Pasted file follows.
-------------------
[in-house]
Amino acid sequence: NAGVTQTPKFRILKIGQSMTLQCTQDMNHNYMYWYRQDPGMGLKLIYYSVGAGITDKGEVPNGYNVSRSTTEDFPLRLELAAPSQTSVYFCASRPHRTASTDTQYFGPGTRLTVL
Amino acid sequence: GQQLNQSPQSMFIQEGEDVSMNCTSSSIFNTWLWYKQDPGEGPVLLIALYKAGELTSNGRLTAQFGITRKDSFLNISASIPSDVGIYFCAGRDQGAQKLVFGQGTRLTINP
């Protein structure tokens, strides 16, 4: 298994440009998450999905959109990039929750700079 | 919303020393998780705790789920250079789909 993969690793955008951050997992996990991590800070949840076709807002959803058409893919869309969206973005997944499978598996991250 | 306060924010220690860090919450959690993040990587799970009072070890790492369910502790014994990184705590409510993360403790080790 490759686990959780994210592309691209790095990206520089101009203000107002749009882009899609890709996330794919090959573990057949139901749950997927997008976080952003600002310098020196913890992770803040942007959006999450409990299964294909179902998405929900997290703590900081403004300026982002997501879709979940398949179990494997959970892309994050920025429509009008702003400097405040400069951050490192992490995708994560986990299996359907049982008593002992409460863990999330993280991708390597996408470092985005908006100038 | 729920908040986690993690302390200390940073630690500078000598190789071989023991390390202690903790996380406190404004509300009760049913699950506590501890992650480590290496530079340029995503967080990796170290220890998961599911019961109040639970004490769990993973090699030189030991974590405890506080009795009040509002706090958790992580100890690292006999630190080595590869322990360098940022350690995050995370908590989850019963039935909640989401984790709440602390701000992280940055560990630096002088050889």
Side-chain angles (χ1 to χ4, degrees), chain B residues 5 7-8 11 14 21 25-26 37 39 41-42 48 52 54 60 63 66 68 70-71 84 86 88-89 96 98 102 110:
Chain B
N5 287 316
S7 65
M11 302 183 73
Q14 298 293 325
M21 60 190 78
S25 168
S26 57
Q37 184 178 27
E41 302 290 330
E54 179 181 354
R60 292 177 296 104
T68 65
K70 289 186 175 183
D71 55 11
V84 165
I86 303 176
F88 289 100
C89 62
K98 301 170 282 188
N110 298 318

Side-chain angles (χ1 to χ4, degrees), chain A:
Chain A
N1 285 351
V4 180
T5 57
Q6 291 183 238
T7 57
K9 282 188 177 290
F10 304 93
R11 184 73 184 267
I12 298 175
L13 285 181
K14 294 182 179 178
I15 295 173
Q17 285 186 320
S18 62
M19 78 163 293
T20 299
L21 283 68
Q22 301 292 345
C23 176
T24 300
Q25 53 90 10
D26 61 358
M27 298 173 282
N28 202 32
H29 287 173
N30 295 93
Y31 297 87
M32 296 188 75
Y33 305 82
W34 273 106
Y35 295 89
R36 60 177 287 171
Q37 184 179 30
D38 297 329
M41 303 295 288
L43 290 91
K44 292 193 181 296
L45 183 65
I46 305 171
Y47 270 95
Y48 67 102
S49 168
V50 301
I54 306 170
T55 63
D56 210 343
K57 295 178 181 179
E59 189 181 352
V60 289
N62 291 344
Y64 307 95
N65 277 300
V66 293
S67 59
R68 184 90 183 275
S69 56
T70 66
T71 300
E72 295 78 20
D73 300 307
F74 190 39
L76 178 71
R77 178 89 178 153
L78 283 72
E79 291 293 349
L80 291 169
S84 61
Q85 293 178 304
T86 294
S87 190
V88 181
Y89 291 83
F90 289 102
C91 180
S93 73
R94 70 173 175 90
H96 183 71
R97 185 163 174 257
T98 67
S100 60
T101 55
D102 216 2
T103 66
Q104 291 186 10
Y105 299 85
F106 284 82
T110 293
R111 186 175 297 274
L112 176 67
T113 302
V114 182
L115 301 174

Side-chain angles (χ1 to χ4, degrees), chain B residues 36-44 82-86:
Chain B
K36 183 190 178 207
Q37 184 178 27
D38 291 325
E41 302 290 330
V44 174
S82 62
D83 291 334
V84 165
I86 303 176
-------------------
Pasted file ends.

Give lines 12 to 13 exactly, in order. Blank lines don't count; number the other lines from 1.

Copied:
S25 168
S26 57